Peterson v. McGladrey LLP

(7th Cir. July 7, 2015)

The Seventh Circuit affirms the bankruptcy court’s decision recognizing the in pari delicto defense and dismissing the trustee’s suit against the accounting firm for malpractice. The debtors were mutual funds that were essentially a vehicle for a ponzi scheme. The accounting firm argued that under Illinois law the trustee’s claims were barred by the in pari delicto doctrine. The trustee argued that Illinois courts only apply the doctrine when the parties have committed the same wrong. He argued it should not apply here, where the debtors committed fraud and the firm committed malpractice for failing to detect the fraud. The court applies the doctrine, finding Illinois law does not have such a requirement. Opinion below.

2015-07-07 – peterson v mcgladrey

Author: Matt Lindblom

Hagan v. Baird (In re B & P Baird Holdings, Inc.)

(6th Cir. Jan. 2, 2015)

The Sixth Circuit reverses the bankruptcy court’s decision denying the trustee’s motion to amend his complaint. The debtor’s principals had received funds from the debtor prepetition while the debtor was defending against a patent infringement claim. The trustee asserted a conversion claim against the principals. The bankruptcy court dismissed the complaint, pursuant to the in pari delicto doctrine, and denied the trustee’s motion to amend the complaint to assert one of the principals was an innocent recipient of the funds (although still liable for conversion under Michigan law). The Sixth Circuit reverses, holding that the amendment would not be futile, as the principal could be liable for conversion even if the principal had not intended to convert the funds. The in pari delicto doctrine should not be applied until that principal’s role in the alleged conversion is determined. Opinion below.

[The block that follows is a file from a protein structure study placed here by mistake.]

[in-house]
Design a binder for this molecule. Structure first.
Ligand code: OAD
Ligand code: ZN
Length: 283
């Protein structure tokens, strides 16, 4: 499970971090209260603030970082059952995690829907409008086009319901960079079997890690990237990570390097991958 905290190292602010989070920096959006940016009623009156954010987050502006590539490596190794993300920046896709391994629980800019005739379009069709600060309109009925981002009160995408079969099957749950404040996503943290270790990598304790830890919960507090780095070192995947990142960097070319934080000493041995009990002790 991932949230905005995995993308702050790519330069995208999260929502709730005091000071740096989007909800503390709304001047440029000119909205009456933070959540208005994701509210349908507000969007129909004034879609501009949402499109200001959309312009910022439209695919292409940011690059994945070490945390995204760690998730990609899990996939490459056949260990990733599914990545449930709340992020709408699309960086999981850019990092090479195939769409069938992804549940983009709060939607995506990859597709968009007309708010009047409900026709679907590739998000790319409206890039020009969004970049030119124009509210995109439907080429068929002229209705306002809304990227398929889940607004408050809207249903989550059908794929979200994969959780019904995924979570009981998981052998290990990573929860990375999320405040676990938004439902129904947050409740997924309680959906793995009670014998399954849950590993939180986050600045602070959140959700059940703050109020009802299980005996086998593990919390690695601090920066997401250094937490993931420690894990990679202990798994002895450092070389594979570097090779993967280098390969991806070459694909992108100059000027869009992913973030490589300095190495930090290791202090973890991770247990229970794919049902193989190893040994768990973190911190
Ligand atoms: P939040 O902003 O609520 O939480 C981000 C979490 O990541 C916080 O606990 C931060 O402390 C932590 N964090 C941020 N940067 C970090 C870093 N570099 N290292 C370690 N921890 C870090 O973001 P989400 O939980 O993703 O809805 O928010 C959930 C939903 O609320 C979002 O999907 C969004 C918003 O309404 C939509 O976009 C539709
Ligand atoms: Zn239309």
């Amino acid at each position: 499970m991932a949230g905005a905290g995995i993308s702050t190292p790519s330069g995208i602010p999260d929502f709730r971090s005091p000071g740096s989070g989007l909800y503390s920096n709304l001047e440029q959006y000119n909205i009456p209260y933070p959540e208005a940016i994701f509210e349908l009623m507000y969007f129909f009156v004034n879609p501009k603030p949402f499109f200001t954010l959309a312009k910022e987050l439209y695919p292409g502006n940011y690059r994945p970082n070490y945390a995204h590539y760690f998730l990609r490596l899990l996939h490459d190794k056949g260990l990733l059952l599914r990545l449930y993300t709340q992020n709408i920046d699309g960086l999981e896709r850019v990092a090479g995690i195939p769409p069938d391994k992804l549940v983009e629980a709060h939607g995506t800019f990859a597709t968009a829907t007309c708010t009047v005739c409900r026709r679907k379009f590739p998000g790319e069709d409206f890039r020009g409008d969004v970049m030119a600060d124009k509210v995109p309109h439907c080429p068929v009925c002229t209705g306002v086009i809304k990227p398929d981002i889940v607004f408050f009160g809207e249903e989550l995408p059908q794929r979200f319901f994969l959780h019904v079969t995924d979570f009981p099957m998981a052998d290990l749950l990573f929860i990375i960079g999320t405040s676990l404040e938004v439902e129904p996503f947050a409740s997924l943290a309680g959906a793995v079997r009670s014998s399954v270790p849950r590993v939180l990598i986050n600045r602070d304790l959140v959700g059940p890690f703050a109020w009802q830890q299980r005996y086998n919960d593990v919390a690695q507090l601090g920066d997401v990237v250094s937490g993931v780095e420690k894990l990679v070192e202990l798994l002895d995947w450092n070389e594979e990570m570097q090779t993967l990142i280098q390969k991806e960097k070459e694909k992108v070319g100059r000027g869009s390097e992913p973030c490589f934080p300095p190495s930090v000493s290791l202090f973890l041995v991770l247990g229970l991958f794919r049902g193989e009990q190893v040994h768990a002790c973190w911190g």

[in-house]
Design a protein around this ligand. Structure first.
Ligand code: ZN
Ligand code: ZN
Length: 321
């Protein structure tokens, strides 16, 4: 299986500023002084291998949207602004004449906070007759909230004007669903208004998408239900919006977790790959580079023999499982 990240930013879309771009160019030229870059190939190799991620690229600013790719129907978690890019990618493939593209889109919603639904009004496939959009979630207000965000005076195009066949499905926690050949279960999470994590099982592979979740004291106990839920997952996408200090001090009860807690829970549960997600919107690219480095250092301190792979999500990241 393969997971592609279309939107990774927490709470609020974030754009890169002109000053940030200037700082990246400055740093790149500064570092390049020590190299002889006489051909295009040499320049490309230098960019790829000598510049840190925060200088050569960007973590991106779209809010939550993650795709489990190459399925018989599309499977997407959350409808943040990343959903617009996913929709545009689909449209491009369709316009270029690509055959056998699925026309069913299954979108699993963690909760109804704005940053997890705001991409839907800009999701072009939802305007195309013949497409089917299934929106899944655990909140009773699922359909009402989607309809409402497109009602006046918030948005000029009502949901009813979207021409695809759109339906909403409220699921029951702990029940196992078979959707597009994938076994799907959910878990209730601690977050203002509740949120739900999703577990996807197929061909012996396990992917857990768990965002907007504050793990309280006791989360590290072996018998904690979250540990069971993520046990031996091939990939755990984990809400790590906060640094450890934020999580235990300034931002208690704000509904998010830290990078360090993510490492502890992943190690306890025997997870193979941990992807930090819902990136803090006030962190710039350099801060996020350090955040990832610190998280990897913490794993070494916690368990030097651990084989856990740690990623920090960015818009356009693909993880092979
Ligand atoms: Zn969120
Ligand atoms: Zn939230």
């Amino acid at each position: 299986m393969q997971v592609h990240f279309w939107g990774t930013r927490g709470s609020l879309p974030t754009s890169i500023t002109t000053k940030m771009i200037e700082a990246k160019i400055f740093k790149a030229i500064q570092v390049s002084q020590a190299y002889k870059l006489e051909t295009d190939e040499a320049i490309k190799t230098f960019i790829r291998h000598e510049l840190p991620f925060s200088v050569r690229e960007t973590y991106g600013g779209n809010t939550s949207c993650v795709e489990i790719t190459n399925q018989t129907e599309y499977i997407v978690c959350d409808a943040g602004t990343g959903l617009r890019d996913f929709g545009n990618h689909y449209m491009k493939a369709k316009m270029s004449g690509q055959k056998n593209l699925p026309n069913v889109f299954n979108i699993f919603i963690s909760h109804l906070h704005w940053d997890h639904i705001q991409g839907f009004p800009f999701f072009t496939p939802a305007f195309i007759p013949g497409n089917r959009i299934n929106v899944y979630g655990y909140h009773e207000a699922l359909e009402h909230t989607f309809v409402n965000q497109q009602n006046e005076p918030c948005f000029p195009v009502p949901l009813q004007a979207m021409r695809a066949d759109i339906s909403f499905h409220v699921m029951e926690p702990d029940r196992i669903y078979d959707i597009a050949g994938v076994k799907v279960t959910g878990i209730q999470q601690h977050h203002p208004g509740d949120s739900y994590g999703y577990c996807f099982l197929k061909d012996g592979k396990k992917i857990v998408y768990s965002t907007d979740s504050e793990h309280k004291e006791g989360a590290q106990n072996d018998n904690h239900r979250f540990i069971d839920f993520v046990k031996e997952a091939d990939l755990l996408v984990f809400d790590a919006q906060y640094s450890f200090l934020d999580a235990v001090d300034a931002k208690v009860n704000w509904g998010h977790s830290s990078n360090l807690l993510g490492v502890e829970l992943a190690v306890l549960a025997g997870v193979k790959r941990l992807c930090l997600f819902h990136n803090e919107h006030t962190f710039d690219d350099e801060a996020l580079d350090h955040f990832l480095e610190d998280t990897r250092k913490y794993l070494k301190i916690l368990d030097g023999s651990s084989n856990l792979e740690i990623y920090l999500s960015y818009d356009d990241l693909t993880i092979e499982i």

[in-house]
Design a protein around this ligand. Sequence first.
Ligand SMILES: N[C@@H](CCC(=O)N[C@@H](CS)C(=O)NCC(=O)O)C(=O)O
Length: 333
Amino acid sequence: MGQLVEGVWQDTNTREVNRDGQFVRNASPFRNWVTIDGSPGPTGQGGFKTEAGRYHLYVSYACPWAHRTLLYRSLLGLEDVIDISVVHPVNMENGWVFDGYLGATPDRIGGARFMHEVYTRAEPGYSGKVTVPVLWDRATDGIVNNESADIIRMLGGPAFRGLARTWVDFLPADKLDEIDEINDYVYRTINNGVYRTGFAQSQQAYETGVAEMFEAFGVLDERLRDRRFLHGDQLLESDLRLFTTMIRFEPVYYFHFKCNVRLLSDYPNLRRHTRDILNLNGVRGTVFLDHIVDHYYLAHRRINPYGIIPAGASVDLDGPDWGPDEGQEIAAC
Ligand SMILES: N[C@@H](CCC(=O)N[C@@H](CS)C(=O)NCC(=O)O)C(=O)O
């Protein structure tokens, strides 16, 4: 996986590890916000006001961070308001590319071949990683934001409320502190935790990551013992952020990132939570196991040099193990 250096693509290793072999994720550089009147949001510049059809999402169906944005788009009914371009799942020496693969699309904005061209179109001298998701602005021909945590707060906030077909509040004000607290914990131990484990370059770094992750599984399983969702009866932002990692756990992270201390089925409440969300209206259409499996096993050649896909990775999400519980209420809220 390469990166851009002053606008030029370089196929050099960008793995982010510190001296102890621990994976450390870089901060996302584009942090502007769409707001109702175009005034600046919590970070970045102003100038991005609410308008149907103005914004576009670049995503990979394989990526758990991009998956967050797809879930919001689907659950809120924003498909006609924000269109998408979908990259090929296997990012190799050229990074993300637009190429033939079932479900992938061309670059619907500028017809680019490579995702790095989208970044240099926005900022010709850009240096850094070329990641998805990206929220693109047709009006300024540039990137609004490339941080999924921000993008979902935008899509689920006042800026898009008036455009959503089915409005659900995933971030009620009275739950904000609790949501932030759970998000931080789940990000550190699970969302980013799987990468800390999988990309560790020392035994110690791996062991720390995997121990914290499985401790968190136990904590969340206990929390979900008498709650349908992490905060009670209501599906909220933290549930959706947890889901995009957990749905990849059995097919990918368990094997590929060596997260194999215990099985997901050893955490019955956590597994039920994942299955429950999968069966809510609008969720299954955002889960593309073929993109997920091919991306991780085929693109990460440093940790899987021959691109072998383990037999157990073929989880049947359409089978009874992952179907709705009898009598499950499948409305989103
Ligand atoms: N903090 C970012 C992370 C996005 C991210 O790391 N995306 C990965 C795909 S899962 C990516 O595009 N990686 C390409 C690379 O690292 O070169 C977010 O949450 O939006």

2015-01-02 – hagan v baird